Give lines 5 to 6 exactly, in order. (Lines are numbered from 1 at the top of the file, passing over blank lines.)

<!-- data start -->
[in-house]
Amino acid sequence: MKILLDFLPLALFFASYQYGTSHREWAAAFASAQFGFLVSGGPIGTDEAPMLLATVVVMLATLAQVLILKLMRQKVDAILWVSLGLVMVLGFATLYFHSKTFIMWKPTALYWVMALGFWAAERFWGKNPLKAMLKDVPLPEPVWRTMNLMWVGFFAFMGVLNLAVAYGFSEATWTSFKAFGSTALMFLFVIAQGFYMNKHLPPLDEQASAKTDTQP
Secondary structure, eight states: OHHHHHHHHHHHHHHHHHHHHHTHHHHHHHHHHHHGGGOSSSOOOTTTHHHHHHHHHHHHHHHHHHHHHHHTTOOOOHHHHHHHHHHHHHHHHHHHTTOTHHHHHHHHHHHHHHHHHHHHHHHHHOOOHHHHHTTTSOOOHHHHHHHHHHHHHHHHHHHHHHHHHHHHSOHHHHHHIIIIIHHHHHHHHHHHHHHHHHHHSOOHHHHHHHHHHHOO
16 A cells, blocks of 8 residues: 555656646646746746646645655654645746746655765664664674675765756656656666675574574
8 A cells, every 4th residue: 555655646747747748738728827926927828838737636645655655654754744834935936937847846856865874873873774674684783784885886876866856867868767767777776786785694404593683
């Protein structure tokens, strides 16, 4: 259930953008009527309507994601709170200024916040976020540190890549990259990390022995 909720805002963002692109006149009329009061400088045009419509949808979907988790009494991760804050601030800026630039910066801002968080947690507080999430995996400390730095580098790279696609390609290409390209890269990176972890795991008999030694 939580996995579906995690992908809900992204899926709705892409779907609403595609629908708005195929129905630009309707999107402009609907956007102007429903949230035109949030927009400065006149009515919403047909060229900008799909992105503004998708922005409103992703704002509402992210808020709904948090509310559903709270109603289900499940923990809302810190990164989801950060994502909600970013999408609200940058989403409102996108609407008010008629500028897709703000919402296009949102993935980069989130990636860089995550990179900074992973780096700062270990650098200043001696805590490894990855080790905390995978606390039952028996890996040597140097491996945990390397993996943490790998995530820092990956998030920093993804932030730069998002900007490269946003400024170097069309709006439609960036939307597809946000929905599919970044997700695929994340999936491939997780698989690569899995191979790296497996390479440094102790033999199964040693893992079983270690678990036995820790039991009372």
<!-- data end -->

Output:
8 A cells, every 4th residue: 555655646747747748738728827926927828838737636645655655654754744834935936937847846856865874873873774674684783784885886876866856867868767767777776786785694404593683
């Protein structure tokens, strides 16, 4: 259930953008009527309507994601709170200024916040976020540190890549990259990390022995 909720805002963002692109006149009329009061400088045009419509949808979907988790009494991760804050601030800026630039910066801002968080947690507080999430995996400390730095580098790279696609390609290409390209890269990176972890795991008999030694 939580996995579906995690992908809900992204899926709705892409779907609403595609629908708005195929129905630009309707999107402009609907956007102007429903949230035109949030927009400065006149009515919403047909060229900008799909992105503004998708922005409103992703704002509402992210808020709904948090509310559903709270109603289900499940923990809302810190990164989801950060994502909600970013999408609200940058989403409102996108609407008010008629500028897709703000919402296009949102993935980069989130990636860089995550990179900074992973780096700062270990650098200043001696805590490894990855080790905390995978606390039952028996890996040597140097491996945990390397993996943490790998995530820092990956998030920093993804932030730069998002900007490269946003400024170097069309709006439609960036939307597809946000929905599919970044997700695929994340999936491939997780698989690569899995191979790296497996390479440094102790033999199964040693893992079983270690678990036995820790039991009372």